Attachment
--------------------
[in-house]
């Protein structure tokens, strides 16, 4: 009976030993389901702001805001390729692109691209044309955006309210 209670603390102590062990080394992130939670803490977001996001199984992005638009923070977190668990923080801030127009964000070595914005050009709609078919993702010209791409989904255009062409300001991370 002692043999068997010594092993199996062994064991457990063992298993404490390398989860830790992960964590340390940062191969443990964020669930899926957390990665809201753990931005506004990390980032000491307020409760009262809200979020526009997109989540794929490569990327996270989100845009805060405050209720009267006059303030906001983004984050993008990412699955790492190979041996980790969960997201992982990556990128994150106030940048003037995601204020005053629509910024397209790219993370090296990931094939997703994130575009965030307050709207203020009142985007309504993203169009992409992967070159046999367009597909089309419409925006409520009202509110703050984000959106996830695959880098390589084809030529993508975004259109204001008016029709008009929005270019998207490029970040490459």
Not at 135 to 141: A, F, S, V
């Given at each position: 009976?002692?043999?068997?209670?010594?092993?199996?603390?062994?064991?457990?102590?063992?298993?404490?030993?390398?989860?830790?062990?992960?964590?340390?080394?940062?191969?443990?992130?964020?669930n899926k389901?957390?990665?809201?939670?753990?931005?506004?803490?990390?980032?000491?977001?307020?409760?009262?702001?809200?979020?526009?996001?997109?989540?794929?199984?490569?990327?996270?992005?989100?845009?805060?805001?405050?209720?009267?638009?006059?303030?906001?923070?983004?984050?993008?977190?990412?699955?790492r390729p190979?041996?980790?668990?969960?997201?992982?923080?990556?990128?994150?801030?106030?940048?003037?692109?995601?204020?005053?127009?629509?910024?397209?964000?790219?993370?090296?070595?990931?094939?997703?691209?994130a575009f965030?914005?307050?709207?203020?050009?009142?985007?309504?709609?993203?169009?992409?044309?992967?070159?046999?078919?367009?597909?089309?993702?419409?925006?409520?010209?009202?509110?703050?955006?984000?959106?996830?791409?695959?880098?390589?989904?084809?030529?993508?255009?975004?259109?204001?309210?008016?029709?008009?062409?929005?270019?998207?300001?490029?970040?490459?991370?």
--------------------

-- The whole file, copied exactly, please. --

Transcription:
[in-house]
């Protein structure tokens, strides 16, 4: 009976030993389901702001805001390729692109691209044309955006309210 209670603390102590062990080394992130939670803490977001996001199984992005638009923070977190668990923080801030127009964000070595914005050009709609078919993702010209791409989904255009062409300001991370 002692043999068997010594092993199996062994064991457990063992298993404490390398989860830790992960964590340390940062191969443990964020669930899926957390990665809201753990931005506004990390980032000491307020409760009262809200979020526009997109989540794929490569990327996270989100845009805060405050209720009267006059303030906001983004984050993008990412699955790492190979041996980790969960997201992982990556990128994150106030940048003037995601204020005053629509910024397209790219993370090296990931094939997703994130575009965030307050709207203020009142985007309504993203169009992409992967070159046999367009597909089309419409925006409520009202509110703050984000959106996830695959880098390589084809030529993508975004259109204001008016029709008009929005270019998207490029970040490459």
Not at 135 to 141: A, F, S, V
């Given at each position: 009976?002692?043999?068997?209670?010594?092993?199996?603390?062994?064991?457990?102590?063992?298993?404490?030993?390398?989860?830790?062990?992960?964590?340390?080394?940062?191969?443990?992130?964020?669930n899926k389901?957390?990665?809201?939670?753990?931005?506004?803490?990390?980032?000491?977001?307020?409760?009262?702001?809200?979020?526009?996001?997109?989540?794929?199984?490569?990327?996270?992005?989100?845009?805060?805001?405050?209720?009267?638009?006059?303030?906001?923070?983004?984050?993008?977190?990412?699955?790492r390729p190979?041996?980790?668990?969960?997201?992982?923080?990556?990128?994150?801030?106030?940048?003037?692109?995601?204020?005053?127009?629509?910024?397209?964000?790219?993370?090296?070595?990931?094939?997703?691209?994130a575009f965030?914005?307050?709207?203020?050009?009142?985007?309504?709609?993203?169009?992409?044309?992967?070159?046999?078919?367009?597909?089309?993702?419409?925006?409520?010209?009202?509110?703050?955006?984000?959106?996830?791409?695959?880098?390589?989904?084809?030529?993508?255009?975004?259109?204001?309210?008016?029709?008009?062409?929005?270019?998207?300001?490029?970040?490459?991370?």